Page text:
Analysts see Central Bank retaining key lending rate

Tuesday May 16 2017

The Central Bank of Kenya building in Nairobi. FILE PHOTO | NMG

The Central Bank of Kenya building in Nairobi. FILE PHOTO | NMG 

By BRIAN NGUGI
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The Central Bank of Kenya (CBK) is widely expected to leave its benchmark lending rate unchanged when it meets on May 29 despite concern over inflation.

Analysts polled by the Business Daily expect the monetary policy committee (MPC) to leave the rate constant.

The CBK held the base lending rate at 10 per cent at the March meeting despite a slightly weaker shilling and rising inflation.

“Food inflation has been an eye-catching number at +21 per cent year-on-year last month. However, the rains have now arrived and will start to slowly blunt this food price surge… I expect the MPC to look through the food inflation component and leave rates unchanged,” said investment analyst and Rich Management CEO Aly-Khan Satchu. Headline inflation has shot up to 11.5 per cent, well above the preferred ceiling of 7.5 per cent.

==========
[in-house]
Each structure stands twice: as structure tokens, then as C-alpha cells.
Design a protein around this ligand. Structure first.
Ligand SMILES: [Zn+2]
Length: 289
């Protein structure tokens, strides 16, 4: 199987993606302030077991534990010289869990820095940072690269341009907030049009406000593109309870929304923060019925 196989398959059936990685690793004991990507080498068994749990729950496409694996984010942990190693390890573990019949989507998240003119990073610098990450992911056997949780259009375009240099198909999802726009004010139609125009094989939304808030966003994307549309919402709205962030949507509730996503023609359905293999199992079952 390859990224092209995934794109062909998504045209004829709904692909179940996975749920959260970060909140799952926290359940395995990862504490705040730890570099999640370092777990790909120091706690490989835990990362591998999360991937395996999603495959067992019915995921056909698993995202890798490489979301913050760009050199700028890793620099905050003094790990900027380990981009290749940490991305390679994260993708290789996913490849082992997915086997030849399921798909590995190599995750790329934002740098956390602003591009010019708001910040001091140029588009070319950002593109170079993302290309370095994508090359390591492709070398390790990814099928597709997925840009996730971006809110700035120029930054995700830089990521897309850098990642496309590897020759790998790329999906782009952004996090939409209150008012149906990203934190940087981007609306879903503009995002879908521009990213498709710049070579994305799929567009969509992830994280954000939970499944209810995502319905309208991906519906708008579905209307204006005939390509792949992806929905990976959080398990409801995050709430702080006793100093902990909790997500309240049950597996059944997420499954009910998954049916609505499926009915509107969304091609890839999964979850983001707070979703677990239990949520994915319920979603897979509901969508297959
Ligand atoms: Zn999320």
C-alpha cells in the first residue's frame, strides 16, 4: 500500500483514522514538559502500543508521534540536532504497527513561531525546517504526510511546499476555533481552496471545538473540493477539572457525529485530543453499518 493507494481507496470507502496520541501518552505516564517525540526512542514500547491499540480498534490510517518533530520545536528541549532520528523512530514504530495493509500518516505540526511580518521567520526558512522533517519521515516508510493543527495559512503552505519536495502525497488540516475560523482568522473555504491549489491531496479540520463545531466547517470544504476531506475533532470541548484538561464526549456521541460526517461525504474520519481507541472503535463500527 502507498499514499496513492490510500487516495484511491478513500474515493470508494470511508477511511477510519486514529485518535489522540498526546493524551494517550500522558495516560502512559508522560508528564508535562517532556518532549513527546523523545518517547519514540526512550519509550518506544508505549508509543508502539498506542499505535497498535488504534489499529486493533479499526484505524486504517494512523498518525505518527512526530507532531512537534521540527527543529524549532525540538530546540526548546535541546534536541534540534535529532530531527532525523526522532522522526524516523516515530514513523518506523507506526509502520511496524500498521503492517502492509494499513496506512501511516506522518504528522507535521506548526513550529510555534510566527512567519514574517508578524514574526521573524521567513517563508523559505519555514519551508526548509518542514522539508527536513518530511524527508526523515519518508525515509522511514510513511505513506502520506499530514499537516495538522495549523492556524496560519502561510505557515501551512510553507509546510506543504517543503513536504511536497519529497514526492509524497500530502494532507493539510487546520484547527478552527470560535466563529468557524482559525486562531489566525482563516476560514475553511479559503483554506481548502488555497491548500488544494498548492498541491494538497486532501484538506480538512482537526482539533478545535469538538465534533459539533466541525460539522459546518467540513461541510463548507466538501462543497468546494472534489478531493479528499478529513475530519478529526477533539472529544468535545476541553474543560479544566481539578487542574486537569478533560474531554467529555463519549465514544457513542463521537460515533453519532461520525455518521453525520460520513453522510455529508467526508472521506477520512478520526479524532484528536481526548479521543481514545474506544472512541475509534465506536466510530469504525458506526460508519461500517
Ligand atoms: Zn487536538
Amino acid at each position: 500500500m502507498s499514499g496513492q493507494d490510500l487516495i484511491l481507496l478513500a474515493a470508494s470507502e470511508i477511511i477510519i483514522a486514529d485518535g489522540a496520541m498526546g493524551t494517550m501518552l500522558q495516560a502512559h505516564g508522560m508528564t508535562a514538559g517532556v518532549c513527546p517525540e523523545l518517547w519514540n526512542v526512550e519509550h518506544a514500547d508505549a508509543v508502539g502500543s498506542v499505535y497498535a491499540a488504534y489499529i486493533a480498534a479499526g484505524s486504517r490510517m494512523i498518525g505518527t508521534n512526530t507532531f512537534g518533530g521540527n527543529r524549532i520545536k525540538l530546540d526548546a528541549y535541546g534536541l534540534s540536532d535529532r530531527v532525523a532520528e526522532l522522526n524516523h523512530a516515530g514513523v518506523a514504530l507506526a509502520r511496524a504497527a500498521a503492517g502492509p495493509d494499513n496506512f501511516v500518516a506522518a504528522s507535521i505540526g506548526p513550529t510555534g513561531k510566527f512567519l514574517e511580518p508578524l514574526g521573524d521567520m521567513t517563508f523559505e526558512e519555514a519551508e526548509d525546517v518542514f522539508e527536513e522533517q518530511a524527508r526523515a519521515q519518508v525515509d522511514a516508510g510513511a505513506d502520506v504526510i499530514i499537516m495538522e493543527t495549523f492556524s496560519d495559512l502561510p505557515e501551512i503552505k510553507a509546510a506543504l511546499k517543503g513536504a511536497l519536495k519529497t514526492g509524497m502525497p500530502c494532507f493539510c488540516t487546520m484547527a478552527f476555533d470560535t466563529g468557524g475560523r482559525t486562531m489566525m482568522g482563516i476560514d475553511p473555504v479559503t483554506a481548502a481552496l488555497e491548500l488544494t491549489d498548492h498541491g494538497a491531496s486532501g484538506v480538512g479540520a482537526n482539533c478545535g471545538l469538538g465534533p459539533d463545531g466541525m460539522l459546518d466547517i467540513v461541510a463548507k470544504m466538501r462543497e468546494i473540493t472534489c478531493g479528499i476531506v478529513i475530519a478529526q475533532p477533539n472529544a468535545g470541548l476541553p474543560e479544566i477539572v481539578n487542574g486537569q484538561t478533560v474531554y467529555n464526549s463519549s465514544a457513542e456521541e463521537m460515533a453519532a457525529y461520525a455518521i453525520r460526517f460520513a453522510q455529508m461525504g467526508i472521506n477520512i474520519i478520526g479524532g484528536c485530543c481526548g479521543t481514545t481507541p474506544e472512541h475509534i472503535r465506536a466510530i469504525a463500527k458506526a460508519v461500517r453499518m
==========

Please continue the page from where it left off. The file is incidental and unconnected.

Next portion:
“I do not think that the economic fundamentals are right for an increase in interest rates,” said John Kirimi, Sterling Capital Investment director.

“With fuel increase inflation may rise further making it unwise to increase the rate… it may leave the rate where it is until the economic road ahead is clearer.” Kenya’s annual inflation accelerated for the fourth consecutive month to its highest level in five years last month following supply constraints.

“There is definitely competing circumstances (high inflation, low credit growth, risk of economic slowdown, stable shilling) that I believe will support leaving the CBR unchanged,” said Francis Mwangi, head of research at Standard Investment Bank.

Razia Khan, chief economist for Africa at Standard Chartered, said given most of the inflation pressure is confined to food, and given authorities’ plan to reduce food inflation via subsidies, she expects a retention. 

“The slowdown in the economy is an additional complicating factor, as is the loan rate cap.’’